One of the main features of this show is how classical the garments were (with a few exceptions I will mention soon). Kelly Fieldhouse’s and Lauren Basford’s collections were prime of examples of this, well made marketable clothes that don’t cause offence. Some of them, however, did have subtle changes that brought some new dimensions to these classic garments; one example of this is the overcoat designed by Katie Biggs had a panel at the bottom and without any buttons or zips that made this jacket new yet classical and this tension is what attracted me.
However despite this I was hoping for something more shocking from graduate students. This thankfully came in the form of Sarah Grose and Calum Whitely. Grose’s caged model was obscured by layers of fur. This took most of the audience by surprise and is exactly what I wanted to see. I am impressed with the courage it took to present this in and amongst the classical garments presented by the other designers (as well as the model’s ability to walk in a straight line).
Another student who also made me look twice was Calum Whitely. His ostentatious jackets which engulfed the models with their overstated size accompanied with the dark palette used, to me at least, represented a clever satire of masculinity in an otherwise quite feminine show.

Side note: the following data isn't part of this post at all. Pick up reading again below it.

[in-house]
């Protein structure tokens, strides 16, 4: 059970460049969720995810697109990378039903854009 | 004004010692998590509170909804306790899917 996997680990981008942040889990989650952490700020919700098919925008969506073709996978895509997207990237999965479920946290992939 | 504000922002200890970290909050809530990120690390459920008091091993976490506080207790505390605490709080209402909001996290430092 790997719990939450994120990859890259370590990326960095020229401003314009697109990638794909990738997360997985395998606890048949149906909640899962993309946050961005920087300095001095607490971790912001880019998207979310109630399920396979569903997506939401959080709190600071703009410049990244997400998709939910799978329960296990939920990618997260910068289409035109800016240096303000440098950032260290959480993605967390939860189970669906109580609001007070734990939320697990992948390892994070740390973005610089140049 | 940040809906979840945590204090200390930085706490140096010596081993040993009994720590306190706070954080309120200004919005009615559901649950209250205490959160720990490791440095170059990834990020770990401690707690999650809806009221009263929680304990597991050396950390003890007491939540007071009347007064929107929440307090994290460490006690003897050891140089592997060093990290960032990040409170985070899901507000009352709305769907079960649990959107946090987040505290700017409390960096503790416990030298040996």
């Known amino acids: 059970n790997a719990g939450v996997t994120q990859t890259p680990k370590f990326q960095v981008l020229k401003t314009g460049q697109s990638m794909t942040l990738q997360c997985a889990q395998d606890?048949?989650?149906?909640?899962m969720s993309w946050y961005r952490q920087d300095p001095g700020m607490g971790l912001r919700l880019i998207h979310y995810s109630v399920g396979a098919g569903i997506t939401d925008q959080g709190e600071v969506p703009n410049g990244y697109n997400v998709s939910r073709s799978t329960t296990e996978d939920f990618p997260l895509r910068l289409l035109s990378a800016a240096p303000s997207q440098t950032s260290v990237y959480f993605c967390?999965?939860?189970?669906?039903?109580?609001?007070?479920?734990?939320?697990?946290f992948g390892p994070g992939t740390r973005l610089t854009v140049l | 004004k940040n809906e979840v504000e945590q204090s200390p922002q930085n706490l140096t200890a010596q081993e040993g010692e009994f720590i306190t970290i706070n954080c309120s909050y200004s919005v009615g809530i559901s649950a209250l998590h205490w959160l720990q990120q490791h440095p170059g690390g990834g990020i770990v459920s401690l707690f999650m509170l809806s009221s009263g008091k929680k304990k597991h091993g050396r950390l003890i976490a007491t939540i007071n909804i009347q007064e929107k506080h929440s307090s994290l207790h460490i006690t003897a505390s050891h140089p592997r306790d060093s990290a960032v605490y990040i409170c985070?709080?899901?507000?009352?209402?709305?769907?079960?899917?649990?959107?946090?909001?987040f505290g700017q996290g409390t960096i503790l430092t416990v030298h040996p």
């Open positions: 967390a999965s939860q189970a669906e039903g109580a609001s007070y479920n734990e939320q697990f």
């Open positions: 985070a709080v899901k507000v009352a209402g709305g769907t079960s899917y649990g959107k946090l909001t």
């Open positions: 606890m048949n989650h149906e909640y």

I found that throughout the collections there was a strong use of materials. Most students such as Biggs and Charlotte Illidge demonstrated their ability to create interesting knitwear. Both students created contorting and writhing shapes, Biggs’ at the front and Illidge’s on the sleeves, that presented a pleasing contrast to the flat knitting.
Another student who’s use of materials impressed me was Bethany Bank’s layering of frayed denim to create an almost exoskeleton armour aesthetic that denied the softness of the denim and accentuated its density simultaneously. Above all though it was Elisabeth Kamaris’ use of materials that excited me the most her juxtaposition of a futurist metallic one piece and wood panels at the front. The wooden panels make a clanking sound which for me was very appealing, almost making the garment a multi sensory experience and not just an aesthetic one. Her collection blurred the boundaries of fashion and art, referencing Dadaism and Hugo Ball’s costume in particular when he performed the poem “Karawane”.
With almost all the students at the show there was a sense of play. Sometimes that was made almost explicit with the use of patterns, as with Amanda Humphries’ patterns, that evoked a sense of play rooms and nurseries. The high socks suggested that these were children clothes and the almost patchwork like nature the patterned cloth was applied made me think of mothers mending their children’s clothes after having rough-and-tumbled outside. Alternatively the sense of play was shown through the experimentation with materials and satire. Overall though there was some strong, highly original designers in this show amongst the backdrop of classical safe designs.
Article written by George Toon